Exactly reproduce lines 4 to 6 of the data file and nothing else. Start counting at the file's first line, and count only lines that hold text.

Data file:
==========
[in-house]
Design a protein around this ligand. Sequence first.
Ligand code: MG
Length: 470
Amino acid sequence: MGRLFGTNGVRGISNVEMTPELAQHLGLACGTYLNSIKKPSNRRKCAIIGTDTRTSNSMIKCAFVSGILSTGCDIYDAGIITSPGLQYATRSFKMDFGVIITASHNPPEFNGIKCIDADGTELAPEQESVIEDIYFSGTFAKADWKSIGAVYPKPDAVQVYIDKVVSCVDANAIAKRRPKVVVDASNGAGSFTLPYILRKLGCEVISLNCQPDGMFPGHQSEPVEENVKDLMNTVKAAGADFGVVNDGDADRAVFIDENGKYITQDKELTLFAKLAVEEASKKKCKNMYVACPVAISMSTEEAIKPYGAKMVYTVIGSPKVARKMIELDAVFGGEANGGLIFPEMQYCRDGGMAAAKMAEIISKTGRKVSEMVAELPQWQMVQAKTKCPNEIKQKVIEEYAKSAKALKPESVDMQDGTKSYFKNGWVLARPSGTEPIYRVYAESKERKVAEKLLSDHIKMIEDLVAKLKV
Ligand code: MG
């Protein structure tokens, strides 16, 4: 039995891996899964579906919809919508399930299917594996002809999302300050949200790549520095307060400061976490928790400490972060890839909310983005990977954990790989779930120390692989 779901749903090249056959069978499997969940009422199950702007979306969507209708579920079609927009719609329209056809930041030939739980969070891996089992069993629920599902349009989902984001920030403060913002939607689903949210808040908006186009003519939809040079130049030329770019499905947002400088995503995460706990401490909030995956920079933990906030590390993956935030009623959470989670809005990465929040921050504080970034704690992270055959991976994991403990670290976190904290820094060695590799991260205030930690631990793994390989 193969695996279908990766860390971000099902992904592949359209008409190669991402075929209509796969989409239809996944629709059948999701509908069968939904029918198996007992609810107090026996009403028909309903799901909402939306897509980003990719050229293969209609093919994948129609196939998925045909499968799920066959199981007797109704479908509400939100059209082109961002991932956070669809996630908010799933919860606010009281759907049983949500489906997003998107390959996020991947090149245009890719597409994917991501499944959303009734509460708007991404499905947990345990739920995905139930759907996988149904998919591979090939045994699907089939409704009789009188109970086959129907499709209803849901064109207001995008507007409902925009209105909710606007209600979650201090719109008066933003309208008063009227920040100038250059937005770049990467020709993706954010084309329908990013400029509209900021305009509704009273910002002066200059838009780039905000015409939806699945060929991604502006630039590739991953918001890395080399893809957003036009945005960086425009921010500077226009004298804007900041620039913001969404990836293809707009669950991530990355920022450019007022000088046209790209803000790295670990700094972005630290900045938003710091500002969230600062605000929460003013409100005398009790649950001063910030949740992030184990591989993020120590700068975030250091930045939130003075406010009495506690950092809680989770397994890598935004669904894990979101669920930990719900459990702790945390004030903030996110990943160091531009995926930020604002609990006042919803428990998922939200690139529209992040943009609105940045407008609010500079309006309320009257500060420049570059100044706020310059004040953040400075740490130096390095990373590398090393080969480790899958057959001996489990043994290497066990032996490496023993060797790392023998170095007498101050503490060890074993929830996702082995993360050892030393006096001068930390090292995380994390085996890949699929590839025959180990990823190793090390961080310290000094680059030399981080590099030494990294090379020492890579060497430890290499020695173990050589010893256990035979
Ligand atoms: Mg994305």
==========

Length: 470
Amino acid sequence: MGRLFGTNGVRGISNVEMTPELAQHLGLACGTYLNSIKKPSNRRKCAIIGTDTRTSNSMIKCAFVSGILSTGCDIYDAGIITSPGLQYATRSFKMDFGVIITASHNPPEFNGIKCIDADGTELAPEQESVIEDIYFSGTFAKADWKSIGAVYPKPDAVQVYIDKVVSCVDANAIAKRRPKVVVDASNGAGSFTLPYILRKLGCEVISLNCQPDGMFPGHQSEPVEENVKDLMNTVKAAGADFGVVNDGDADRAVFIDENGKYITQDKELTLFAKLAVEEASKKKCKNMYVACPVAISMSTEEAIKPYGAKMVYTVIGSPKVARKMIELDAVFGGEANGGLIFPEMQYCRDGGMAAAKMAEIISKTGRKVSEMVAELPQWQMVQAKTKCPNEIKQKVIEEYAKSAKALKPESVDMQDGTKSYFKNGWVLARPSGTEPIYRVYAESKERKVAEKLLSDHIKMIEDLVAKLKV
Ligand code: MG